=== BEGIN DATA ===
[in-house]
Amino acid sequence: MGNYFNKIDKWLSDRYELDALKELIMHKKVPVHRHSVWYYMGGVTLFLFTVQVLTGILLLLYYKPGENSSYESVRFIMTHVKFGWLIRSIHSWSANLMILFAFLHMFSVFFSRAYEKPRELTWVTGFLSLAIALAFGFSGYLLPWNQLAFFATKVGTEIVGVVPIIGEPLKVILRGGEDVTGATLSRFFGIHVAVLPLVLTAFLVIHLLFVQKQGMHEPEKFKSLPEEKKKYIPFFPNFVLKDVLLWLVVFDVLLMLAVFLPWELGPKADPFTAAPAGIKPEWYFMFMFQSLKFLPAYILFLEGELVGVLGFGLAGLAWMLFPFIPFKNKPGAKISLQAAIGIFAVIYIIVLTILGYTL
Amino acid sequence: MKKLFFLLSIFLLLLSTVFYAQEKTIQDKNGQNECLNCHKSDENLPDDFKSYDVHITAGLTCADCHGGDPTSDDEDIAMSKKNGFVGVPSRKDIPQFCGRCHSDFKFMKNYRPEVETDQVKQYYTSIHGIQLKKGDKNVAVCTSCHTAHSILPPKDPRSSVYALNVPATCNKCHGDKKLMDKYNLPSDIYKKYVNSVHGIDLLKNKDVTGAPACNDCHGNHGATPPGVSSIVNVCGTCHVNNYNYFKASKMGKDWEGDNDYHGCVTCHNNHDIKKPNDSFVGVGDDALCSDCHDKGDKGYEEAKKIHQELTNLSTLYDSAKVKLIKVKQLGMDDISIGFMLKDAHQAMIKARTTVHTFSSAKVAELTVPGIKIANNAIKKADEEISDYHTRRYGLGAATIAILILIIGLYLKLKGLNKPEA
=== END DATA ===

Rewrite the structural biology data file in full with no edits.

[in-house]
Amino acid sequence: MGNYFNKIDKWLSDRYELDALKELIMHKKVPVHRHSVWYYMGGVTLFLFTVQVLTGILLLLYYKPGENSSYESVRFIMTHVKFGWLIRSIHSWSANLMILFAFLHMFSVFFSRAYEKPRELTWVTGFLSLAIALAFGFSGYLLPWNQLAFFATKVGTEIVGVVPIIGEPLKVILRGGEDVTGATLSRFFGIHVAVLPLVLTAFLVIHLLFVQKQGMHEPEKFKSLPEEKKKYIPFFPNFVLKDVLLWLVVFDVLLMLAVFLPWELGPKADPFTAAPAGIKPEWYFMFMFQSLKFLPAYILFLEGELVGVLGFGLAGLAWMLFPFIPFKNKPGAKISLQAAIGIFAVIYIIVLTILGYTL
Amino acid sequence: MKKLFFLLSIFLLLLSTVFYAQEKTIQDKNGQNECLNCHKSDENLPDDFKSYDVHITAGLTCADCHGGDPTSDDEDIAMSKKNGFVGVPSRKDIPQFCGRCHSDFKFMKNYRPEVETDQVKQYYTSIHGIQLKKGDKNVAVCTSCHTAHSILPPKDPRSSVYALNVPATCNKCHGDKKLMDKYNLPSDIYKKYVNSVHGIDLLKNKDVTGAPACNDCHGNHGATPPGVSSIVNVCGTCHVNNYNYFKASKMGKDWEGDNDYHGCVTCHNNHDIKKPNDSFVGVGDDALCSDCHDKGDKGYEEAKKIHQELTNLSTLYDSAKVKLIKVKQLGMDDISIGFMLKDAHQAMIKARTTVHTFSSAKVAELTVPGIKIANNAIKKADEEISDYHTRRYGLGAATIAILILIIGLYLKLKGLNKPEA